The Rohingya people of wester Myanmar are considered by many as the most oppressed minority on the planet.
Currently more than 270,000 refugees have fled Myanmar since the end of August. This number has grown by the thousands every day since the mass exodus began in the last week of August.
Many experts suggest that as many as 400,000 of the Rohingya have fled or are fleeing at the present time with tens of thousands caught in no man’s land between Myanmar and Bangladesh.
The alleged atrocities committed against the Rohingya communities by local Myanmar security forces include the burning of homes and villages, rape, and massacre.
Myanmar was founded as a Buddhist state in the 11th century.
Several dynasties and conquerors moved through the area after that time including the arrival of Islam around the 13th century. The modern Myanmar lands became known as Burma.
The British began making inroads into Burma with the Anglo-Burmese War of 1824-26. This was the first of three wars that spread British occupation in the area. In 1886 Burma became a province of British India.
In 1937 Burma was separated from India and became a crown colony of the British Empire.
In 1948 Burma secured its independence as the European colonial system collapsed following World War 2.
In 1962 the country underwent a military coup that radically shifted the initial makeup of the country. The military has remained a dominant force in the nation’s politics ever since this time.
In the 1970s a growing sense of nationalism among the nation’s minority groups leads to rising levels of unrest and instability even as efforts toward greater democracy were achieved in Burma.
The 1980s were marked by significant economic downturns in Burma including a currency devaluation that wiped out many people’s savings.
Anti-government riots surged by 1988 resulting in the deaths of thousands. A reform initiative known as the State Law and Order Restoration Council (SLORC) was formed at this time.
SLORC instituted martial law in 1989, clamped down and crushed democratic efforts and was accused of widespread human rights abuses.
Burma was renamed Myanmar. A high profile political figure and daughter of one of the founding fathers of modern Burma Aung San Suu Kyi was placed under house arrest.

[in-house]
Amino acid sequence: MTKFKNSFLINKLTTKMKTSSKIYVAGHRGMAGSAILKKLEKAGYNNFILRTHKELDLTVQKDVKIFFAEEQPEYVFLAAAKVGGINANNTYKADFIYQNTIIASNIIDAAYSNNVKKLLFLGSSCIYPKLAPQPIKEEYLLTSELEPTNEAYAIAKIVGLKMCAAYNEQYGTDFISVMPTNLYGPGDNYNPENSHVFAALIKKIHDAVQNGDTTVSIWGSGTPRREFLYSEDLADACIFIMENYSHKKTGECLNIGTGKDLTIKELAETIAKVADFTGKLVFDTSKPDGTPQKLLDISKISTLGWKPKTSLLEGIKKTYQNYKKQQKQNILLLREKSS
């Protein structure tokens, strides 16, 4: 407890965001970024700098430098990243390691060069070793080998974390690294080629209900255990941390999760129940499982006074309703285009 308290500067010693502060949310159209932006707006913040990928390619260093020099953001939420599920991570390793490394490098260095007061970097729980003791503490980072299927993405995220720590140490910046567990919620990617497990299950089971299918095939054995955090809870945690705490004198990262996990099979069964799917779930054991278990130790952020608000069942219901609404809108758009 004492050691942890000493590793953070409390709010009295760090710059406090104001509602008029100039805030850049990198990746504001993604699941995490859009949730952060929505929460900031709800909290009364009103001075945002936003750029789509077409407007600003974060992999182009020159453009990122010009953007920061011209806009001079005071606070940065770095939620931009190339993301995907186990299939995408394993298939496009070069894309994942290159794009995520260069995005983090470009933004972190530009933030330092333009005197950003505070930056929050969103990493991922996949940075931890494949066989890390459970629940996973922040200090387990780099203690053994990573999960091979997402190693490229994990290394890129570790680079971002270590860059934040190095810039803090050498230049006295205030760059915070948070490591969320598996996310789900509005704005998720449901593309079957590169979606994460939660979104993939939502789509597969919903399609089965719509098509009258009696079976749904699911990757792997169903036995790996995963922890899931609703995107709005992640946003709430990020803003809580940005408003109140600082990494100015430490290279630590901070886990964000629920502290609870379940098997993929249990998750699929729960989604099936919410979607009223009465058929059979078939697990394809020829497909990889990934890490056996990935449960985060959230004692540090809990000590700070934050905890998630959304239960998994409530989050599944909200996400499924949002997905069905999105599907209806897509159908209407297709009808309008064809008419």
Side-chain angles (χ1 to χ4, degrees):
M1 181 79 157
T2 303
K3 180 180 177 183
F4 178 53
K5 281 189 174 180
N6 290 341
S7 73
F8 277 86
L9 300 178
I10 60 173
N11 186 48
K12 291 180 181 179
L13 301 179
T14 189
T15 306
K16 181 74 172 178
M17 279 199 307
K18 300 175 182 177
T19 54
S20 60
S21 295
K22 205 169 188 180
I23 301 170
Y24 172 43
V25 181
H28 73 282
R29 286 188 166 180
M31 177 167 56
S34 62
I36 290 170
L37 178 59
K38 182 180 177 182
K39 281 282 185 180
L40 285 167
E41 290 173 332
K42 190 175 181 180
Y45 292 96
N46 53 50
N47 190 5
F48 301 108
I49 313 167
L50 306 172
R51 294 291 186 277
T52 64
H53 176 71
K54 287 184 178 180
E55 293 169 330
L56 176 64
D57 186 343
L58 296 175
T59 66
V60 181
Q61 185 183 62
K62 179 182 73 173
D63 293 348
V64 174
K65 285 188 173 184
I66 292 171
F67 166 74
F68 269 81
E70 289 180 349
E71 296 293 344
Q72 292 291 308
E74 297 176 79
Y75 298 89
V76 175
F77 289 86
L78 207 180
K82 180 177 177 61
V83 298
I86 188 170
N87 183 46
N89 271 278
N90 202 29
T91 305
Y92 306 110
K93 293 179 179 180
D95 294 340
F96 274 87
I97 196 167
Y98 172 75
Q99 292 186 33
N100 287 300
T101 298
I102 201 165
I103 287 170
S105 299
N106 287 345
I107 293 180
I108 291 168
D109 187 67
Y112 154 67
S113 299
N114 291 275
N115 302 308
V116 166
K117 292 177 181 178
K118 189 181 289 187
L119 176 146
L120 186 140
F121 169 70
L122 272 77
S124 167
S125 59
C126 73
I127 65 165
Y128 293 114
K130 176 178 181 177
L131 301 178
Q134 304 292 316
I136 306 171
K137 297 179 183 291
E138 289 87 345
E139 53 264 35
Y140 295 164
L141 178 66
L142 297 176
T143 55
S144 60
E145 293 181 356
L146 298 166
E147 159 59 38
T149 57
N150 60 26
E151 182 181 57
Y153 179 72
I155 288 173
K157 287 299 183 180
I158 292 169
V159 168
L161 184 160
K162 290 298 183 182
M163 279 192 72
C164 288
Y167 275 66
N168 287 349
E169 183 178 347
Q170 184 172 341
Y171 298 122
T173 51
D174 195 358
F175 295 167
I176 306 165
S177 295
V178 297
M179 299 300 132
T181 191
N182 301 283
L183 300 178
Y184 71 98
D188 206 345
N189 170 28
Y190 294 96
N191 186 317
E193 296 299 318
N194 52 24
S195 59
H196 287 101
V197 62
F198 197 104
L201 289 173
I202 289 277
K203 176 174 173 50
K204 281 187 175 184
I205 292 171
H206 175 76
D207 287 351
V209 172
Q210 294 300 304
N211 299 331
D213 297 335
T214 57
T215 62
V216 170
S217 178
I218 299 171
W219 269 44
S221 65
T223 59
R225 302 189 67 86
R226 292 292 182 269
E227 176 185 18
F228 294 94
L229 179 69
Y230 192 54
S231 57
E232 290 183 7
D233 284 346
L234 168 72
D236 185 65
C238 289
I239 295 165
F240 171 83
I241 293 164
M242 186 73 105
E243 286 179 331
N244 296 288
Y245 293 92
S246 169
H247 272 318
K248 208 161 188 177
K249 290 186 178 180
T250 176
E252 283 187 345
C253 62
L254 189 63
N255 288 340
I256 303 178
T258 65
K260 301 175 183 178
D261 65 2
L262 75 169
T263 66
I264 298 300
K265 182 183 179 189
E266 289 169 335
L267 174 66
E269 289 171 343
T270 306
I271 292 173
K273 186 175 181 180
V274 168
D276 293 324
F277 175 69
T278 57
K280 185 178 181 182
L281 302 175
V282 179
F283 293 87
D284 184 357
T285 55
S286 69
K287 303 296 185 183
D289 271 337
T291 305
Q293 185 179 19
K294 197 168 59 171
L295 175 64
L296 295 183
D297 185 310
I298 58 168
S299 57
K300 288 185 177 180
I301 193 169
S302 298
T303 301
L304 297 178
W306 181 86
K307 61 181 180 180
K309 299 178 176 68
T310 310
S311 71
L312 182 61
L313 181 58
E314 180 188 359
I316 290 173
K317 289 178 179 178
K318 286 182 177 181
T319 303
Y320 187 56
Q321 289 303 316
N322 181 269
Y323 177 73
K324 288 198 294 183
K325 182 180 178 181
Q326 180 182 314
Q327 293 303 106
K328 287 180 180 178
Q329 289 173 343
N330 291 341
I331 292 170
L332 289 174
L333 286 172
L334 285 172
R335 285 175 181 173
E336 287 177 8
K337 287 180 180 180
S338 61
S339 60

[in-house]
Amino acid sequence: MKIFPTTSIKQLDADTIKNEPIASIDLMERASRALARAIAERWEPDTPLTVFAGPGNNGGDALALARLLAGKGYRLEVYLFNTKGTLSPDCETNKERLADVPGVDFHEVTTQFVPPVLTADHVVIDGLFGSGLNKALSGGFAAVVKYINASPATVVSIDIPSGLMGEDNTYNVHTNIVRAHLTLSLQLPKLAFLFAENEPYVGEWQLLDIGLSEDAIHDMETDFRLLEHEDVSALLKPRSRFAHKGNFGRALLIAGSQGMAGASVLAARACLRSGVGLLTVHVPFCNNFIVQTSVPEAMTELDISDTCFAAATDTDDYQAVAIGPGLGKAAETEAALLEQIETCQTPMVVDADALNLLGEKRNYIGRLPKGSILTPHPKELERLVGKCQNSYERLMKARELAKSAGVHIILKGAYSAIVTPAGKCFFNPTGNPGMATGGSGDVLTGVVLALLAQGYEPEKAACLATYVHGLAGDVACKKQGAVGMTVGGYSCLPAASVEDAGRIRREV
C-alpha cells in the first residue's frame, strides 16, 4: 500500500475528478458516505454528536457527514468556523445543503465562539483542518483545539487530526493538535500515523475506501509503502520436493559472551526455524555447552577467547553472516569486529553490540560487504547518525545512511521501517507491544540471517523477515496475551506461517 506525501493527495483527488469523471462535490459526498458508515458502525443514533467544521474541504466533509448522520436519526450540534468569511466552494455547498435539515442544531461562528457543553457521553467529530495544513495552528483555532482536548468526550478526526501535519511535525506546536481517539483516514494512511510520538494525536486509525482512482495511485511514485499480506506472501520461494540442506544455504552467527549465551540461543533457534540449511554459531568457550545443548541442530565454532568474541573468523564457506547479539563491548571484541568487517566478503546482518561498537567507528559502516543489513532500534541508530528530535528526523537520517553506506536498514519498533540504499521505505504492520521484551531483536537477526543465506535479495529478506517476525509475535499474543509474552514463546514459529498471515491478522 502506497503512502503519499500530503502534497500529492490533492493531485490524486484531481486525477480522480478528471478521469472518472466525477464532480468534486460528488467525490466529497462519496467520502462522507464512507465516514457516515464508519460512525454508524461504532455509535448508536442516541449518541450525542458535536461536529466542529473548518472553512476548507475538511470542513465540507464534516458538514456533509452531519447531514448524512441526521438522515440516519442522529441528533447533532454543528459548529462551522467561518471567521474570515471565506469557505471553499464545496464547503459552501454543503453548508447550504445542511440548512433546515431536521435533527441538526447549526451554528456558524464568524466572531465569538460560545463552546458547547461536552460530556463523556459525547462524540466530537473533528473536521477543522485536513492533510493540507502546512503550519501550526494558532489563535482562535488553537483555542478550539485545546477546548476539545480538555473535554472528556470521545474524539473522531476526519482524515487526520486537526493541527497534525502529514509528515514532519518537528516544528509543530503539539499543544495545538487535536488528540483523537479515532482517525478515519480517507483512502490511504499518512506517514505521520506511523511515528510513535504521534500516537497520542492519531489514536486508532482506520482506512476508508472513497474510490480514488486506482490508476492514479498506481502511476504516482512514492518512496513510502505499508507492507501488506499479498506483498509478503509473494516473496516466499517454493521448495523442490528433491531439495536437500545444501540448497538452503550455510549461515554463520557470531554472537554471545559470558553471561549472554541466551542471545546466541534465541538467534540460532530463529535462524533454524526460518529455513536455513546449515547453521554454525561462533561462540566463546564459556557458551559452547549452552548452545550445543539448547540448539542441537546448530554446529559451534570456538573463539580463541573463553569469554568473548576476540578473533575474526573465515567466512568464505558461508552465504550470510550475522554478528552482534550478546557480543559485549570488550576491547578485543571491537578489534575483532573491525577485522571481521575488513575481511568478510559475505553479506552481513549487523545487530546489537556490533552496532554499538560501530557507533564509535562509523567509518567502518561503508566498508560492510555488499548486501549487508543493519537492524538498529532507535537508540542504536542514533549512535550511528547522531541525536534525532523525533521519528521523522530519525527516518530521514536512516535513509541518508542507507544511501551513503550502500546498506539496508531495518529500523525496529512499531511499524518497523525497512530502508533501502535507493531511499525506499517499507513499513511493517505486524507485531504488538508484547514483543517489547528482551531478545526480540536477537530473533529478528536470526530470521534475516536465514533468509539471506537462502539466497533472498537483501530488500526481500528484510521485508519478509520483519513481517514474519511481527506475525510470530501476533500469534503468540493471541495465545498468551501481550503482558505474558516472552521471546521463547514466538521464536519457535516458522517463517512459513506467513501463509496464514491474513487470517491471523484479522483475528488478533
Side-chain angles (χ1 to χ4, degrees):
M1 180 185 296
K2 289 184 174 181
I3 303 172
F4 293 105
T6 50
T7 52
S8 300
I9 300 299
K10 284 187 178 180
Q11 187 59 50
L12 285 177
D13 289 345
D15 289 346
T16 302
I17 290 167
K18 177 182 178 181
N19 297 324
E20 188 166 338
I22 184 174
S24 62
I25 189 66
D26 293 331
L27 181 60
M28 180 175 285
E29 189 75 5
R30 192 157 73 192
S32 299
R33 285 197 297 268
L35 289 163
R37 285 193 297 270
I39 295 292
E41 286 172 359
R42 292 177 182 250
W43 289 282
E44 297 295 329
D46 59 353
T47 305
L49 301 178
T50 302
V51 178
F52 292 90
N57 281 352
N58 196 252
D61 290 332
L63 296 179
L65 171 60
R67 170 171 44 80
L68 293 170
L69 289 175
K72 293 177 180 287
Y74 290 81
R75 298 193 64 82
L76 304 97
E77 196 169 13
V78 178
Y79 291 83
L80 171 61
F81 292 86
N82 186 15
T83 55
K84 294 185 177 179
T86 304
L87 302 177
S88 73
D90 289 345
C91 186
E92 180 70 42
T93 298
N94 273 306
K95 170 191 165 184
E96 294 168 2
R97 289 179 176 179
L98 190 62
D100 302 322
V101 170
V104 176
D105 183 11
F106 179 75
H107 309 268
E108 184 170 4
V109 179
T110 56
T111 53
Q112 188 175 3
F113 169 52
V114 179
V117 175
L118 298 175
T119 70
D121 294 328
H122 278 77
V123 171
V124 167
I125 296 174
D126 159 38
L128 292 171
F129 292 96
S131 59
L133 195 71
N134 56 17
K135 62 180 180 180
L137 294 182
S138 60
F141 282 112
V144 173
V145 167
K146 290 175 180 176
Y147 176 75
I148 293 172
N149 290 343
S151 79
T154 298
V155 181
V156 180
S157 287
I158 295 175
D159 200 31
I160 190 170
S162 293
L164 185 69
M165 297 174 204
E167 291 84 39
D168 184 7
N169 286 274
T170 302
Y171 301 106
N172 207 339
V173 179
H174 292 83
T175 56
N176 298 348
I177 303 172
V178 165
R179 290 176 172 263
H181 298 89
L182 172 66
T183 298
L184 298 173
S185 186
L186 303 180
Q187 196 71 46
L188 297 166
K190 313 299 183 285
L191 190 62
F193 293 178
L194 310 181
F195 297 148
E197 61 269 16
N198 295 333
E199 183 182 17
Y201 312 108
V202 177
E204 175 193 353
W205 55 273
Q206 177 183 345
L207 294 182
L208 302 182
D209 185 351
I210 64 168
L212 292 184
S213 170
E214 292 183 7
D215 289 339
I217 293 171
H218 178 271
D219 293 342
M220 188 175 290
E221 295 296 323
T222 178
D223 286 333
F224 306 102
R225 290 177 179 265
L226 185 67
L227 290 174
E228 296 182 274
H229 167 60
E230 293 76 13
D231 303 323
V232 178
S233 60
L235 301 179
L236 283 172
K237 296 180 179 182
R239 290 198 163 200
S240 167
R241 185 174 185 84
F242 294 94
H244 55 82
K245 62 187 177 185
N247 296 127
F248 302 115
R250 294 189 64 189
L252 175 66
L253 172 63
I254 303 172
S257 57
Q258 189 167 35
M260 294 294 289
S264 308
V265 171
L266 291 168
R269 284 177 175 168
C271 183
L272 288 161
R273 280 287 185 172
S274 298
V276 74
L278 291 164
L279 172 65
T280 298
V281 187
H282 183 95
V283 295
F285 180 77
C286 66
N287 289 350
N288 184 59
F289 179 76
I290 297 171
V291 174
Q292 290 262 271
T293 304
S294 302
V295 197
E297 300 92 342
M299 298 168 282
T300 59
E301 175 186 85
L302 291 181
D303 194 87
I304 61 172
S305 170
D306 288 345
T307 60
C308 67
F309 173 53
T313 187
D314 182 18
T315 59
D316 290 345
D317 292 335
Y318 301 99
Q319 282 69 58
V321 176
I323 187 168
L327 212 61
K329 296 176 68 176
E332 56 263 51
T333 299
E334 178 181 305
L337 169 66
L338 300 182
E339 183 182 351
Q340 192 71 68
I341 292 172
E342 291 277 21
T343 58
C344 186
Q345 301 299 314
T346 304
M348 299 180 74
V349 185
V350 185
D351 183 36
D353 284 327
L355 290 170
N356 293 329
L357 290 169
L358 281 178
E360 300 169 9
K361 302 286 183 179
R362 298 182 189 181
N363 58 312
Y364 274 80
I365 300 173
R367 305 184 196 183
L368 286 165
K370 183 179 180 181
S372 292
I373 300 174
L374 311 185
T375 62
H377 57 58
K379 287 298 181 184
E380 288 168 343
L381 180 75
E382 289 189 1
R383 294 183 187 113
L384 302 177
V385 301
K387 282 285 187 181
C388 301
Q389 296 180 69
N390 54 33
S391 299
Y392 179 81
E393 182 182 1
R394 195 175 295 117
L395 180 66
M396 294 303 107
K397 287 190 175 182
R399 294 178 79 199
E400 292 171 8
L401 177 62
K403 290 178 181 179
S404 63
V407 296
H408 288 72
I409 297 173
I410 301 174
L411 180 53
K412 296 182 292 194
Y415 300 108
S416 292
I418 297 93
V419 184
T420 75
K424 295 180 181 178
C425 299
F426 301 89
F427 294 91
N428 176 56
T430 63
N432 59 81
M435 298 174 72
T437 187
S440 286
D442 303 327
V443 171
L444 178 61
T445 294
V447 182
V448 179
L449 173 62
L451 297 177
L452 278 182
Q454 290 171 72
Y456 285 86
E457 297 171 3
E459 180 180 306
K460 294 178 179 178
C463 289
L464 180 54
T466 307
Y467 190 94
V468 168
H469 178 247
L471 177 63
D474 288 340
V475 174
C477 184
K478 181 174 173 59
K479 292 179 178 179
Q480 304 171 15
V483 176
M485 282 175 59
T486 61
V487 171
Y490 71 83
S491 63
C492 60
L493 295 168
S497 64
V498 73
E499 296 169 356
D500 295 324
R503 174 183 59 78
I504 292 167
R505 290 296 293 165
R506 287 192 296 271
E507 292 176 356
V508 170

Aung San Suu Kyi
Aung San Suu Kyi is the daughter of Myanmar’s national hero during the drive for independence, General Aung San. He was assassinated just before independence was granted. Aung San Suu Kyi was only two years old at the time of her father’s death.
She later moved to the UK where she studied philosophy, politics and economics. While living abroad she married and had two children.
She returned to Myanmar in the late 1980s and led a movement against the nation’s dictator at the time, General Ne Win. Her methods were said to be largely based upon those of Martin Luther King Jr. and Mahatma Gandhi with a focus on protest and non violent resistance.
The military used violence to suppress the democratic movement of Augn San Suii Kyi and to effect another coup in 1988.
She was placed under house arrest at this time where she remained for more than 20 years.
In 1991 she was awarded the Nobel Peace Prize for demonstrating the “power of the powerless.”
Her house arrest and exclusion from politics continued until 2010 when she was released right after the first democratic elections to be held in Myanmar for many years.
She returned to politics in 2012 leading the political party of the National League for Democracy (NLD).
In 2015 the NLD won a landslide election in Myanmar’s elections but the military still exerts significant influence on the country, holding 25% of the parliament’s seats.
The Rohingya are an ethnic Muslim group who have lived in the majority Buddhist Myanmar for centuries. An estimated 1.1 million Rohingya live in Myanmar.
The government of Myanmar does not consider the Rohingya as one of the 135 official ethnic groups in the country. They are denied citizenship and are therefore a stateless people group. They face significant restrictions in access to education, healthcare, freedom of movement and other basic services.
During more than one hundred years of British rule over Burma in the 19th and 20th centuries there was significant migration from Southeast Asia. Because Burma was considered part of India during the British occupation this migration was perceived as normal. It was not until after independence that the migration was considered illegal and immigrants like the Rohingya deemed non-citizens.